The Mariners will unveil a statue of Hall of Fame broadcaster Dave Niehaus at Safeco Field Friday. Fans can view it for the first time when gates open at 5:10 p.m.
A slightly larger-than-life statue of former Mariners Hall of Fame broadcaster Dave Niehaus, who died on Nov. 10, 2010, will be unveiled Friday on the main concourse at Safeco Field (near section 105 in right center field). Fans will have their first opportunity to view the statue, created by Chicago-based artist Lou Cella, when gates open at 5:10 p.m., prior to the Mariners game with the Texas Rangers.
Niehaus is the second Seattle sports personality this month to rate a statue. Two weeks ago, the Seahawks unveiled an eight-foot replica of former tackle Walter Jones. The Jones statue, depicting the nine-time Pro Bowler in a blocking pose, is in front of the teams new restaurant the Seattle Seahawks 12 Club in the north terminal at SeaTac Airport.
The Niehaus statue captures the popular broadcaster, who worked 5,284 of the team’s 5,385 regular-season games from 1977-2010, posing behind a microphone, with headphones on and his Mariners scorebook in front of him. Niehaus is seated, and there is a spot next to him where fans will be able to sit and pose for photographs.
According to the Mariners, the statue is remarkably lifelike.
Niehaus is shown wearing one of his favorite neckties with tiny baseballs on it. The scorebook is open to the most enthralling game in franchise history, the American League Division Series contest against the New York Yankees on Oct. 8, 1995, which the Mariners won on Edgar Martinezs famous double down the left field line. The pages are engraved with Daves actual notes and scoring of the game.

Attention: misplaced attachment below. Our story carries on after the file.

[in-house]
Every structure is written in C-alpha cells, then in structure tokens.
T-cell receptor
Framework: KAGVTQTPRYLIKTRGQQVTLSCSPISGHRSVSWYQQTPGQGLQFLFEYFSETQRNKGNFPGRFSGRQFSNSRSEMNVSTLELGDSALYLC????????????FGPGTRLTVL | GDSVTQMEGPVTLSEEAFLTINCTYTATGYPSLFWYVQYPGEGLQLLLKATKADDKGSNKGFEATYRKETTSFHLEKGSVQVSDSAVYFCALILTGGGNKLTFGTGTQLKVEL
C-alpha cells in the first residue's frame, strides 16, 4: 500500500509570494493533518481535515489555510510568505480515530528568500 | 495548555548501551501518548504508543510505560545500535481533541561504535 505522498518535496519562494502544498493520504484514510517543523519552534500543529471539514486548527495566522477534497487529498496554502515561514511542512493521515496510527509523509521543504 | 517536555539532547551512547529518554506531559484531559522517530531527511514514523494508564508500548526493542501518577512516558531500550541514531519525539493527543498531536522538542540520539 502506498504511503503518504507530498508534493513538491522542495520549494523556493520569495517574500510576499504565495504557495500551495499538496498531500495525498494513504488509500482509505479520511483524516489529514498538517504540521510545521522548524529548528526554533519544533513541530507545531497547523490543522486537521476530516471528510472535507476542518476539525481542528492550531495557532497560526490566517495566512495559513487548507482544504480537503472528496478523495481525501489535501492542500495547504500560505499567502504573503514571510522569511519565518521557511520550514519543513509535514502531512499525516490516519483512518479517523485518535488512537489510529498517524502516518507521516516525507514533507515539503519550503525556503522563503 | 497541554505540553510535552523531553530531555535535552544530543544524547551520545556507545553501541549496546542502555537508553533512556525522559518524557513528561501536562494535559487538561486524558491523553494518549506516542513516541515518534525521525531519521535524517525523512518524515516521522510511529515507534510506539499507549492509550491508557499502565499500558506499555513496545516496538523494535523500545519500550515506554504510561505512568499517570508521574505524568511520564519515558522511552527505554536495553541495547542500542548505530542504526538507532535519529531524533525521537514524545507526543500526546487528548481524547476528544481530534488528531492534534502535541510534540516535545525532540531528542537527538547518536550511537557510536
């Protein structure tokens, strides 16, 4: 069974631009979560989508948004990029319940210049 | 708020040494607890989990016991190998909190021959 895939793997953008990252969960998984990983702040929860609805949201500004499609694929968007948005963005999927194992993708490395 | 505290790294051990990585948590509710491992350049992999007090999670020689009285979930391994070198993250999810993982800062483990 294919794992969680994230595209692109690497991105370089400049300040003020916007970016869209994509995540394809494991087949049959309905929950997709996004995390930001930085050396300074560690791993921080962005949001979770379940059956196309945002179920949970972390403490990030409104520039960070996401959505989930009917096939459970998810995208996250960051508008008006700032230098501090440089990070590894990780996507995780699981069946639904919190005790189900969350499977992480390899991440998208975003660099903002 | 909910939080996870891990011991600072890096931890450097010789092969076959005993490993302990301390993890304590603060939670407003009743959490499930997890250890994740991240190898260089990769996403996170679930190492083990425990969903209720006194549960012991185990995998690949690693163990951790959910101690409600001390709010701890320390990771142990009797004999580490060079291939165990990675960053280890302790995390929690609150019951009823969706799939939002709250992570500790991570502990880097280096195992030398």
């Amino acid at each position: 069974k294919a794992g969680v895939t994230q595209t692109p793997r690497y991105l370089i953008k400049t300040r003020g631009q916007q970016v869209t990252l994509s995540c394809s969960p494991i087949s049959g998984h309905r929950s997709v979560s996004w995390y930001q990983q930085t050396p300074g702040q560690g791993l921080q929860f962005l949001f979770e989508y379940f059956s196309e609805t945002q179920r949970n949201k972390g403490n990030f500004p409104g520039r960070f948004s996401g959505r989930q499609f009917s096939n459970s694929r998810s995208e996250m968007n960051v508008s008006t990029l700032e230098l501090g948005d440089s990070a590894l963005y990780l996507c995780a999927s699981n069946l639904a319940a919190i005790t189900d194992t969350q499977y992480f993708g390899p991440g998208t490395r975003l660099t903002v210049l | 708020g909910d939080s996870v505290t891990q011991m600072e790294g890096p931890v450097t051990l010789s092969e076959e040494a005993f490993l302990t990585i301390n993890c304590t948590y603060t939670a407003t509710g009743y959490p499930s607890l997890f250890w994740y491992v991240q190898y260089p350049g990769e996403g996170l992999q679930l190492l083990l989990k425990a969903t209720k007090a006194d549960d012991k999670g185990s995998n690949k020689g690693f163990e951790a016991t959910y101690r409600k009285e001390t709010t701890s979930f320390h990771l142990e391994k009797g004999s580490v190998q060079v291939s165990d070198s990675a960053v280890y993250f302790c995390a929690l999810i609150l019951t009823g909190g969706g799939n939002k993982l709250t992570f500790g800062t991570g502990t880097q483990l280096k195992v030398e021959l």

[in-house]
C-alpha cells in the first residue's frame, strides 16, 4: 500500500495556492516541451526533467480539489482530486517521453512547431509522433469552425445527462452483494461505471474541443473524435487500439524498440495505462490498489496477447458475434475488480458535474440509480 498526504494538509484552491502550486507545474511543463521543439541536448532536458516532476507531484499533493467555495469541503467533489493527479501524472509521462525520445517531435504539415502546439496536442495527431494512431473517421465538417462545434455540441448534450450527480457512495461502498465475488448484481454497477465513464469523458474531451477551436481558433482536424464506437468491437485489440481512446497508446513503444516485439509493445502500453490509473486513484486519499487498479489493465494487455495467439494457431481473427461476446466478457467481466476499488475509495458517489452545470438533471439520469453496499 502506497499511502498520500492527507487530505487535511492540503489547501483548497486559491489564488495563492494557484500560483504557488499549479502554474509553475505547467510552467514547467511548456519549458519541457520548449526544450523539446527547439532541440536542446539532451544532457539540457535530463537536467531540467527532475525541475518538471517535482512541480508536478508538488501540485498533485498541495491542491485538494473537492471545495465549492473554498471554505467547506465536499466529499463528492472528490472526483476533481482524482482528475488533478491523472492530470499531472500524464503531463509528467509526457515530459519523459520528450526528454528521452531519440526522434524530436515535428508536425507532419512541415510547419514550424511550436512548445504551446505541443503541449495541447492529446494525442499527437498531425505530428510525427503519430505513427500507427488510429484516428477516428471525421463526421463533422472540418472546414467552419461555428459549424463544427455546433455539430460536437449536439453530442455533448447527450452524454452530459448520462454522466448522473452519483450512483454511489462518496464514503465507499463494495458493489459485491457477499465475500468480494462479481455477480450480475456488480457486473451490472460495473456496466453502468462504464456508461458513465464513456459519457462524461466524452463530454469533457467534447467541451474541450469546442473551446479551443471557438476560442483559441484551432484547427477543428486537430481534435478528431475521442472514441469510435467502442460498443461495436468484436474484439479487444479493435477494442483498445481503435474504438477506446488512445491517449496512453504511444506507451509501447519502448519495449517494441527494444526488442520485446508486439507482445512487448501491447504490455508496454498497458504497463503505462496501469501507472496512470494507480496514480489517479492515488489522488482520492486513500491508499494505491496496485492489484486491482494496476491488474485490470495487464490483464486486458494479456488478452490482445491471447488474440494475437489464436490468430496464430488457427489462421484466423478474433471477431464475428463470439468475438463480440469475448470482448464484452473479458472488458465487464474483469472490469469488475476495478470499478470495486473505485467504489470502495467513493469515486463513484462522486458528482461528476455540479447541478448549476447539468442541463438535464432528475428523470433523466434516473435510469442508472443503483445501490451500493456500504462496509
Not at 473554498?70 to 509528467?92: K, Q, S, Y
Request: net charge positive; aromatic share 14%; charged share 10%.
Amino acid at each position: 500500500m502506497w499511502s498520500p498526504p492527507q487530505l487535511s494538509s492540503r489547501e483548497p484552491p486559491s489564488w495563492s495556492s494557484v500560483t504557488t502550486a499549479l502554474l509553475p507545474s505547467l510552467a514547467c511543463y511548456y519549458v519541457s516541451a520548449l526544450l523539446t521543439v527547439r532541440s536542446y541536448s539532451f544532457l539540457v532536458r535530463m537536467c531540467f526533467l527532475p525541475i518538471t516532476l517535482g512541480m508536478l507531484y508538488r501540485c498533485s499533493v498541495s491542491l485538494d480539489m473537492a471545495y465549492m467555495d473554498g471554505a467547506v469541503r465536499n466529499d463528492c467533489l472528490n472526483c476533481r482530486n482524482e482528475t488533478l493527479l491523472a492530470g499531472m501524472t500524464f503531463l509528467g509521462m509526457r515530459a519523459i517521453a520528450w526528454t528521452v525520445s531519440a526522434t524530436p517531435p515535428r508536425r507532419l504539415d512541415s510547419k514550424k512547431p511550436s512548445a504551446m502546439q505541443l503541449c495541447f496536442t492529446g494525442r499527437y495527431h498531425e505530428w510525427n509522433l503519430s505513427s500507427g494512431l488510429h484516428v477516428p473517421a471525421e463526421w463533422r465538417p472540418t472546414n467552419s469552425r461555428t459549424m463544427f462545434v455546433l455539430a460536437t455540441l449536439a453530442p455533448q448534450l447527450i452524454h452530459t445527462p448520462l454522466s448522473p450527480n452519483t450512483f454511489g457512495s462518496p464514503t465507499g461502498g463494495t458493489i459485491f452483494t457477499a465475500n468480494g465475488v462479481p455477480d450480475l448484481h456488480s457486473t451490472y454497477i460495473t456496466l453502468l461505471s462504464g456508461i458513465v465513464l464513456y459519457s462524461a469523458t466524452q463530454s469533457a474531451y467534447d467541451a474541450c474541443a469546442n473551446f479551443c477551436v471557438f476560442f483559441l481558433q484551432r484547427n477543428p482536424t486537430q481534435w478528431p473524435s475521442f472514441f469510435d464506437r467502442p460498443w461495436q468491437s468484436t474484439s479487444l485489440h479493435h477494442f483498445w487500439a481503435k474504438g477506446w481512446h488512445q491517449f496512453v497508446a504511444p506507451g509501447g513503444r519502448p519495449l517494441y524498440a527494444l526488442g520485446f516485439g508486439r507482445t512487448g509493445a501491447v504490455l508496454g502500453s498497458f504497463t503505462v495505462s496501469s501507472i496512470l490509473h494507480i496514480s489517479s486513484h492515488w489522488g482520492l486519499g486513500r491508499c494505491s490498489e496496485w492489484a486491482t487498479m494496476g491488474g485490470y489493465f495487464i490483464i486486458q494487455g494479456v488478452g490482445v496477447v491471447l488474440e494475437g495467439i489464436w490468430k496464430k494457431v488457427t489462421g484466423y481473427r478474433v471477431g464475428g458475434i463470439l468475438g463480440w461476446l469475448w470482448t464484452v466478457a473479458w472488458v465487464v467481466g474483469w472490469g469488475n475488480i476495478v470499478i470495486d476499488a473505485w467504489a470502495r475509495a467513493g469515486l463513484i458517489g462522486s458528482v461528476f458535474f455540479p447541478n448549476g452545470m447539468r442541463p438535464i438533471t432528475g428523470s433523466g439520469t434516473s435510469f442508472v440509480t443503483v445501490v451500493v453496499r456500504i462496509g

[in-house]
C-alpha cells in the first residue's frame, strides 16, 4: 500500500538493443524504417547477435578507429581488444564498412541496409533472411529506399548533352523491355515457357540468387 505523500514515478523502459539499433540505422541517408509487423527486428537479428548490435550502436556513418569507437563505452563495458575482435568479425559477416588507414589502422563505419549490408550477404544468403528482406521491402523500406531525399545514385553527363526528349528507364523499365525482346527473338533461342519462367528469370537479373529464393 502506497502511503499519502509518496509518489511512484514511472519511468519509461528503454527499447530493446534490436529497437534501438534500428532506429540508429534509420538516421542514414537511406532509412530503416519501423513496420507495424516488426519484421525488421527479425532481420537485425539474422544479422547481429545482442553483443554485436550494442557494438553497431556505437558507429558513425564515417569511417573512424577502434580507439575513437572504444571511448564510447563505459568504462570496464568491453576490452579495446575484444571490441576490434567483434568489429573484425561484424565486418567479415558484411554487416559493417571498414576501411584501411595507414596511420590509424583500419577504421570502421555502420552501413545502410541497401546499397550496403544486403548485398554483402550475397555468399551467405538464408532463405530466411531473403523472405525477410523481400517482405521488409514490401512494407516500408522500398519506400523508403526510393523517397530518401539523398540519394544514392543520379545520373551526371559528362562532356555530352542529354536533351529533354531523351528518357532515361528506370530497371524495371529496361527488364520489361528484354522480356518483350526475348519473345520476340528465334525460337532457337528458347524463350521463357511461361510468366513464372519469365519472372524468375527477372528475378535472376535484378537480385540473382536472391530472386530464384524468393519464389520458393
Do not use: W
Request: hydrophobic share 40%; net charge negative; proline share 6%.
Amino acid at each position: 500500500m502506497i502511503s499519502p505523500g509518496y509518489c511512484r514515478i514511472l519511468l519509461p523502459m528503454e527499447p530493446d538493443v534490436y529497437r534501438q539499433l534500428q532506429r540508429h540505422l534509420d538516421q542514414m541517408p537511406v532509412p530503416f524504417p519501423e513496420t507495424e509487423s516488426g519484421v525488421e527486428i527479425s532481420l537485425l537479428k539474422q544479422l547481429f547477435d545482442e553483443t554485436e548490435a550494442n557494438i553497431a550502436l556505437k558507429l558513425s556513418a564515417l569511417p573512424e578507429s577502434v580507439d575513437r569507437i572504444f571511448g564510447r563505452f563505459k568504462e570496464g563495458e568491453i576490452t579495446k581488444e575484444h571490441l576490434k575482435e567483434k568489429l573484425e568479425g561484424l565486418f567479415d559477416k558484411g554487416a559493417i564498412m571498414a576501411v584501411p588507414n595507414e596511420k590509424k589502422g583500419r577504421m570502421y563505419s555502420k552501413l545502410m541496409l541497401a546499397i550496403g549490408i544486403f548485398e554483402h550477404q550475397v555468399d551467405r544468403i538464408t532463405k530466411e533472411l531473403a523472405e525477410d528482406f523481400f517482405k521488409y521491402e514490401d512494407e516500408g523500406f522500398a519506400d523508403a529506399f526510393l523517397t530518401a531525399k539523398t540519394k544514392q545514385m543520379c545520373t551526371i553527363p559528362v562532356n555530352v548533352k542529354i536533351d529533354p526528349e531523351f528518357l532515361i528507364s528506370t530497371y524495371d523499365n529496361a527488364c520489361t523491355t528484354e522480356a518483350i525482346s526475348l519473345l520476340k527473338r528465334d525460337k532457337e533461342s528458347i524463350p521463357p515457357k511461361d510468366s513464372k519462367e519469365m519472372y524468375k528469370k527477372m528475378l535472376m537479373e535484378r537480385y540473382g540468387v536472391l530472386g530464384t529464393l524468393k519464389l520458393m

With Niehaus and Jones cast in bronze, the obvious question now is: Who else from around here merits a statue?
Given the circumstances under which he departed the Mariners, and even factoring in a recent reconciliation, Randy Johnson is, we think, a bubble choice. Ichiro is a no-brainer, Lou Piniella should be a no-brainer, and Felix Hernandez is too soon to call.
Given that hes already in the Pro Football Hall of Fame and once held every significant NFL receiving record, Steve Largent (1976-89) rated a statue from the Seahawks before Jones did. Our view: No other Seahawk warrants one, except for perhaps Cortez Kennedy.
If the Sonics still played here, Lenny Wilkens would be our first choice for a statue. And without fear of embarrassment, Seattle U. could certainly erect statues to Elgin Baylor, Johnny OBrien, or both.
Among local Olympians, not even Apolo Ohno deserves a statue more than swimmer Helene Madison, who won three gold medals at the 1932 Los Angeles Summer Olympics. In fact, Alpine skier Phil Mahre, a three-time World Cup champion, rates a statue ahead of Ohno. But where would it stand? Behind a tree at White Pass?
We have listed, alphabetically, 20 state athletes, all retired, worthy of being bronzed. John Stockton isn’t listed because he already has a statue. Please pick the five that should become statues first. If you have a write-in candidate, please enter it into the comments section.